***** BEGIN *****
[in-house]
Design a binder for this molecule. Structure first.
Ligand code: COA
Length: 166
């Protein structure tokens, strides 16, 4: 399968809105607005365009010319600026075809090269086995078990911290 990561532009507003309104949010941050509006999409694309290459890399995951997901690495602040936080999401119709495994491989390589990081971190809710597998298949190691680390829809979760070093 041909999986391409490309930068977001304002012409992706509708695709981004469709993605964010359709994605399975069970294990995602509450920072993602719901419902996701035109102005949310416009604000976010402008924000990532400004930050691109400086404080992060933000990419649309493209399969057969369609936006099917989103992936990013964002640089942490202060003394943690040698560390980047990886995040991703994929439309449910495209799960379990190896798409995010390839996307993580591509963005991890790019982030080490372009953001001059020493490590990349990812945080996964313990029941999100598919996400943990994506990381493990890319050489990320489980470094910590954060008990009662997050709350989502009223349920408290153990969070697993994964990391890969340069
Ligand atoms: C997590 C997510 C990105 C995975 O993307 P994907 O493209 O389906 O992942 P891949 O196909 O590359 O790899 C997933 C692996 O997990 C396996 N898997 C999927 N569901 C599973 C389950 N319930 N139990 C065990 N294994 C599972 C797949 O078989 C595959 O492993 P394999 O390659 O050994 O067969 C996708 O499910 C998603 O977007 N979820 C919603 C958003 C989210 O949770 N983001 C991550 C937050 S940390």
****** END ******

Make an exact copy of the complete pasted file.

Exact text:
[in-house]
Design a binder for this molecule. Structure first.
Ligand code: COA
Length: 166
């Protein structure tokens, strides 16, 4: 399968809105607005365009010319600026075809090269086995078990911290 990561532009507003309104949010941050509006999409694309290459890399995951997901690495602040936080999401119709495994491989390589990081971190809710597998298949190691680390829809979760070093 041909999986391409490309930068977001304002012409992706509708695709981004469709993605964010359709994605399975069970294990995602509450920072993602719901419902996701035109102005949310416009604000976010402008924000990532400004930050691109400086404080992060933000990419649309493209399969057969369609936006099917989103992936990013964002640089942490202060003394943690040698560390980047990886995040991703994929439309449910495209799960379990190896798409995010390839996307993580591509963005991890790019982030080490372009953001001059020493490590990349990812945080996964313990029941999100598919996400943990994506990381493990890319050489990320489980470094910590954060008990009662997050709350989502009223349920408290153990969070697993994964990391890969340069
Ligand atoms: C997590 C997510 C990105 C995975 O993307 P994907 O493209 O389906 O992942 P891949 O196909 O590359 O790899 C997933 C692996 O997990 C396996 N898997 C999927 N569901 C599973 C389950 N319930 N139990 C065990 N294994 C599972 C797949 O078989 C595959 O492993 P394999 O390659 O050994 O067969 C996708 O499910 C998603 O977007 N979820 C919603 C958003 C989210 O949770 N983001 C991550 C937050 S940390």